Wednesday, 28 February 2018

First I Ask the Friends, Then I Do the Parenting (Part 2)

As I said in my last post, I got so much great advice and feedback from friends that I had to write a series. This is one of my personal favorites, particularly because the story is so epically terrifying, and because it happened to family. I can't honestly put it into better words than this so I've decided to let Cousin J tell the story in his own words:

Let me tell you the story of why I now have a home phone, a.k.a. the scariest 30 minutes of my life. As with all stories of this nature it started out like any other evening. We were all getting ready for a low key family dinner date - well that's not really true - some of us were getting ready and a certain naked 3 year old was practicing his jumping on the bed and his “look dad, look dad, look dad” routine. Anyone who has the pleasure of living with these micro terrorists knows how this ends - Crash!

I turned around and my son was piled up in the bottom of his brother’s playpen and let out a pretty good scream. Nothing to worry about at this point; for anyone with kids this is still pretty much business as usual. At this age they have only a few jobs and one of the main ones is pushing everything to failure. That could be testing gravity with one of your prized pre-children artifacts, or maybe just your will to live. In this case it was his ability to do a backflip off a playpen railing. Anyway, things went quiet. P.S. now is the time to worry.

My wife went to pick him up and do the usual “there, there, you're alright,” but he was not alright. She immediately signalled to me something was wrong. I turned around to see his limp and lifeless body in her arms and he was peeing on the floor; now I'm no medical expert, but that is never good. I jumped right to action, and when I say that, I mean I yelled out “HE IS NOT OK!” just in case that wasn’t clear to her already. We put him down on the bed and I told her to call 911 and get some help ASAP.

Now at this point, I should point out I have taken first aid a bunch of times. I forgot everything. Right then my wife came flying back into the room, “where is your #$#@$ phone!?!?”. Pretty sure I didn’t even respond to her, I could only think “this is how my son dies.” After I processed the fact I was going to have to do something here, I checked to see if he was breathing. This all seemed like it took 5 minutes to me, but in reality it was probably like 15 seconds.

Nope I don't hear anything and his chest isn’t moving. “We need help right now!” I finally responded to her. I could now hear her telling someone the whole story. They stopped her right away and she spit out our address. OK now what? I was just positioning his head for what would be a parent's worst nightmare. Head tilt, chin lift, pinch the nose and with the greatest relief his beautiful brown eyes opened up. I’m not religious, but at this point I thanked all the gods I could think of.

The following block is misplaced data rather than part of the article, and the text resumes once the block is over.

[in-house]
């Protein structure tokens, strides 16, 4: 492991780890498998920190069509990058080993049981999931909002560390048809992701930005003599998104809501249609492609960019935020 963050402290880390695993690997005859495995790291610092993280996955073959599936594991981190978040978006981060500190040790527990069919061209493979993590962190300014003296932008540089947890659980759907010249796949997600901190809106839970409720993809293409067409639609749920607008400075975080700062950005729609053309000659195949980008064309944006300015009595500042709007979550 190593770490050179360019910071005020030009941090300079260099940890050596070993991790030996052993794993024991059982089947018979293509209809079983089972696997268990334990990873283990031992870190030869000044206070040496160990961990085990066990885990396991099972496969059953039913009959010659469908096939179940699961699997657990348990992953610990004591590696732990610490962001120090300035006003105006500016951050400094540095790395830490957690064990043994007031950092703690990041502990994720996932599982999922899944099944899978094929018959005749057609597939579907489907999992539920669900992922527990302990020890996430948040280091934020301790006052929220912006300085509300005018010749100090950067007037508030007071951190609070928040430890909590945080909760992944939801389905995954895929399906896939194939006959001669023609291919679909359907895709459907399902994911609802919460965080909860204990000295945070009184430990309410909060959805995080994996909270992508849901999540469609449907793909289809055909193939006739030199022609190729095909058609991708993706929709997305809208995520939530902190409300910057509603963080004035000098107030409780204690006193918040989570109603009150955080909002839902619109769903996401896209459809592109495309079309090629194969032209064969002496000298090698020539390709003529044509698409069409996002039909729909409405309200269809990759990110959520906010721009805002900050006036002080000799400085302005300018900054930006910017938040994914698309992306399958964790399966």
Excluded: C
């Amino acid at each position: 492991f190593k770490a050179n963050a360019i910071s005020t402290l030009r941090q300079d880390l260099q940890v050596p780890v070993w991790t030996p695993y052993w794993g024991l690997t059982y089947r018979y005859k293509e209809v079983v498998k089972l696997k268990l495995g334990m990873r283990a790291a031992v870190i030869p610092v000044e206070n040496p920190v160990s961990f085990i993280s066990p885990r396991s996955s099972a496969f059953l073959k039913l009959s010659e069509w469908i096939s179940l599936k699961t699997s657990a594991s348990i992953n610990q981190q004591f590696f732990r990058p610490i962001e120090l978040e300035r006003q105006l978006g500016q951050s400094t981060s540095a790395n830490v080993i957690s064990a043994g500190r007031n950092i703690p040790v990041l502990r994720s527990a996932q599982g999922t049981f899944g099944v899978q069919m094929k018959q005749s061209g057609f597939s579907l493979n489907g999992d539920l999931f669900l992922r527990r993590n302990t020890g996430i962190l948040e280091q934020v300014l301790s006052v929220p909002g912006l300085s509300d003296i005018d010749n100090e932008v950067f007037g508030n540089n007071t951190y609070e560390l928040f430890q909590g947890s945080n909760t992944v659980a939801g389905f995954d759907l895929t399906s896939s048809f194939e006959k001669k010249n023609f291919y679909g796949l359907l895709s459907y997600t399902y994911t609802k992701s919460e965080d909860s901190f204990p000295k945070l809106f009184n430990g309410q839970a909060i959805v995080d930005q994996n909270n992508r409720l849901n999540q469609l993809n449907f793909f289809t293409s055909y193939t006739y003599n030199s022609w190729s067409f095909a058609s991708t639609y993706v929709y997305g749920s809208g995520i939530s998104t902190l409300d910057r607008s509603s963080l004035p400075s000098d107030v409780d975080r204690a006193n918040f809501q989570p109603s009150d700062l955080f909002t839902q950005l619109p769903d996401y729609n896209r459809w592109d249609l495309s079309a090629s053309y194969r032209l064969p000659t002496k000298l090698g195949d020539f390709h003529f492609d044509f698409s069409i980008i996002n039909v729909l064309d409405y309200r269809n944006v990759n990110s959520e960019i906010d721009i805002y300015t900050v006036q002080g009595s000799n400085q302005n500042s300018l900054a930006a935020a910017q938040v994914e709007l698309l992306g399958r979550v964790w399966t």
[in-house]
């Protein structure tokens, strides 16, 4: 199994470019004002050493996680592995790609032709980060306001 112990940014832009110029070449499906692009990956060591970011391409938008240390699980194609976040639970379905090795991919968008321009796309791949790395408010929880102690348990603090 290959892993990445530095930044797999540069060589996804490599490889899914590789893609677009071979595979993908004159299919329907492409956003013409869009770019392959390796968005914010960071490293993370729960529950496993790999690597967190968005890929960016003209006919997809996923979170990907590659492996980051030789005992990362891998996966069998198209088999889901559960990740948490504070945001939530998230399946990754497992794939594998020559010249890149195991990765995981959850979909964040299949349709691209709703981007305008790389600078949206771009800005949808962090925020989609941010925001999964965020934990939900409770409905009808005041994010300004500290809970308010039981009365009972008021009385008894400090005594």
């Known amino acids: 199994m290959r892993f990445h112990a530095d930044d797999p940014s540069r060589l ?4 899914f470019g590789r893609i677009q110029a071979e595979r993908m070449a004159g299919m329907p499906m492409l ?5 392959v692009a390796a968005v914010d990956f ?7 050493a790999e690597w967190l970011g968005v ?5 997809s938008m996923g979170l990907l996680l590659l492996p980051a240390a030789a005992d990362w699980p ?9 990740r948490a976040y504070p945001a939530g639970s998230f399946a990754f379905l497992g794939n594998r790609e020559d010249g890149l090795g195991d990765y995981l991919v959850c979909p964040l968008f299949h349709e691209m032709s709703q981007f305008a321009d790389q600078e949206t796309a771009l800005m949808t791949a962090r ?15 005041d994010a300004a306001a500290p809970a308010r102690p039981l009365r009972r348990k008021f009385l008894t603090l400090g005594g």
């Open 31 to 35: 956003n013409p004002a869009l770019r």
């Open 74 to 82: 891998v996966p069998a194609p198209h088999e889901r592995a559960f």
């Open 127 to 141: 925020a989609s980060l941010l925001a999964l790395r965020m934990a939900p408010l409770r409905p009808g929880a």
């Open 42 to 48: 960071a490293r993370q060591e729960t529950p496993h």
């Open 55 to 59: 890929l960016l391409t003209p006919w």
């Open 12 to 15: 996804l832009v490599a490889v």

He was pretty out of it, but was making some noises. I started trying to talk to him and let my wife know “he's ALIVE!”, but he was barely there and he hadn't moved a muscle. I guess I was expecting him to cry out and jump up like in the movies. I immediately thought, "oh no he broke his neck or something". Can you feel this? No action. Can you hear me? Still nothing. I kept trying to get his attention and relay what was happening to my wife who was around the corner because it’s the only place she could get a signal on her phone.

I started to see some movement with my boy’s body and he was saying some words that made no sense. Then the ambulance arrived - I can’t describe the relief you feel when two professionals come on the scene - everything was under control now.

Pretty scary right? Ya, the feelings still go through my mind when I see him on top of a counter or bouncing around the furniture. He was totally fine by the time he finished his ambulance ride to the Stollery Hospital; sadly I don’t think they get to see many kids bouncing off the walls around there (shout out to those beautiful people, please donate if you can). They eventually got him to sit still for a few minutes and gave him a checkout and explained what they suspect happened. We even made it to that dinner date.

So what did I learn about parenting from this experience? Have a reliable phone in the house, and get first aid training. I might have thought I forgot everything in the moment, but who knows how I would have reacted without that basic training. Also, you can get home phone service from a bunch of places and it's practically free these days through your internet connection. You could be faced with an emergency at any moment and you can be sure that’s when your phone will be dead or the signal is just ten feet too far away.

And to the non or new parents thinking “shouldn’t the lesson be to keep your kid off the playpen railing?!” I would say - Good Luck!


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